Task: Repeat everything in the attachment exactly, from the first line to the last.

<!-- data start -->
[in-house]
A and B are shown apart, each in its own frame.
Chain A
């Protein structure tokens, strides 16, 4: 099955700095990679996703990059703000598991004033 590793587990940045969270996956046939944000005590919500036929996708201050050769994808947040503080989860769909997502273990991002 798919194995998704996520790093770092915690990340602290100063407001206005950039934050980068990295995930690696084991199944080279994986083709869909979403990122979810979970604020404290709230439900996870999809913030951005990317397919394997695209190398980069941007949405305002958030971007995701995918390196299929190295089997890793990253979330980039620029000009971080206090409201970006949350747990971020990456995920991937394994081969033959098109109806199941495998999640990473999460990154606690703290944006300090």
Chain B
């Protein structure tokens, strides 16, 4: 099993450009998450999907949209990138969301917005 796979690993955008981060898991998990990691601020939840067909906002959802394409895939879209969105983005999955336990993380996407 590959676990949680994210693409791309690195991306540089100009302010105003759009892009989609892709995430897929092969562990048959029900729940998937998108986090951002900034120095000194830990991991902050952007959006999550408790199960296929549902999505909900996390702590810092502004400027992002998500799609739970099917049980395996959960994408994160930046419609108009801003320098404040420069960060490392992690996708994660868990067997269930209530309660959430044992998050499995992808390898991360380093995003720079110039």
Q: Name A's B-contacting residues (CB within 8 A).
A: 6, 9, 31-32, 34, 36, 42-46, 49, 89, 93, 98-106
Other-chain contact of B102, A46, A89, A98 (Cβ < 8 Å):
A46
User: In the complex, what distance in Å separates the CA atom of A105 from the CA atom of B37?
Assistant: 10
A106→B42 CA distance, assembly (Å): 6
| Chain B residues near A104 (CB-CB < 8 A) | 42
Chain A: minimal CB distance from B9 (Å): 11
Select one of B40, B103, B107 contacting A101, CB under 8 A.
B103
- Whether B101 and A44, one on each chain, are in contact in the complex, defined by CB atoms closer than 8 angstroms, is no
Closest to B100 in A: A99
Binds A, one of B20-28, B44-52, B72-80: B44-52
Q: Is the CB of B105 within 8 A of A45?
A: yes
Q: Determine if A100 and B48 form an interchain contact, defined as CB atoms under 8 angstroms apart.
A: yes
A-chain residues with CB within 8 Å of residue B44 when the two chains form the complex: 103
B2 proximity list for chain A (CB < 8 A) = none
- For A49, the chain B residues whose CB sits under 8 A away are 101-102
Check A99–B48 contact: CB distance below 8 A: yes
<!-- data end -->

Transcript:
[in-house]
A and B are shown apart, each in its own frame.
Chain A
């Protein structure tokens, strides 16, 4: 099955700095990679996703990059703000598991004033 590793587990940045969270996956046939944000005590919500036929996708201050050769994808947040503080989860769909997502273990991002 798919194995998704996520790093770092915690990340602290100063407001206005950039934050980068990295995930690696084991199944080279994986083709869909979403990122979810979970604020404290709230439900996870999809913030951005990317397919394997695209190398980069941007949405305002958030971007995701995918390196299929190295089997890793990253979330980039620029000009971080206090409201970006949350747990971020990456995920991937394994081969033959098109109806199941495998999640990473999460990154606690703290944006300090």
Chain B
């Protein structure tokens, strides 16, 4: 099993450009998450999907949209990138969301917005 796979690993955008981060898991998990990691601020939840067909906002959802394409895939879209969105983005999955336990993380996407 590959676990949680994210693409791309690195991306540089100009302010105003759009892009989609892709995430897929092969562990048959029900729940998937998108986090951002900034120095000194830990991991902050952007959006999550408790199960296929549902999505909900996390702590810092502004400027992002998500799609739970099917049980395996959960994408994160930046419609108009801003320098404040420069960060490392992690996708994660868990067997269930209530309660959430044992998050499995992808390898991360380093995003720079110039």
Q: Name A's B-contacting residues (CB within 8 A).
A: 6, 9, 31-32, 34, 36, 42-46, 49, 89, 93, 98-106
Other-chain contact of B102, A46, A89, A98 (Cβ < 8 Å):
A46
User: In the complex, what distance in Å separates the CA atom of A105 from the CA atom of B37?
Assistant: 10
A106→B42 CA distance, assembly (Å): 6
| Chain B residues near A104 (CB-CB < 8 A) | 42
Chain A: minimal CB distance from B9 (Å): 11
Select one of B40, B103, B107 contacting A101, CB under 8 A.
B103
- Whether B101 and A44, one on each chain, are in contact in the complex, defined by CB atoms closer than 8 angstroms, is no
Closest to B100 in A: A99
Binds A, one of B20-28, B44-52, B72-80: B44-52
Q: Is the CB of B105 within 8 A of A45?
A: yes
Q: Determine if A100 and B48 form an interchain contact, defined as CB atoms under 8 angstroms apart.
A: yes
A-chain residues with CB within 8 Å of residue B44 when the two chains form the complex: 103
B2 proximity list for chain A (CB < 8 A) = none
- For A49, the chain B residues whose CB sits under 8 A away are 101-102
Check A99–B48 contact: CB distance below 8 A: yes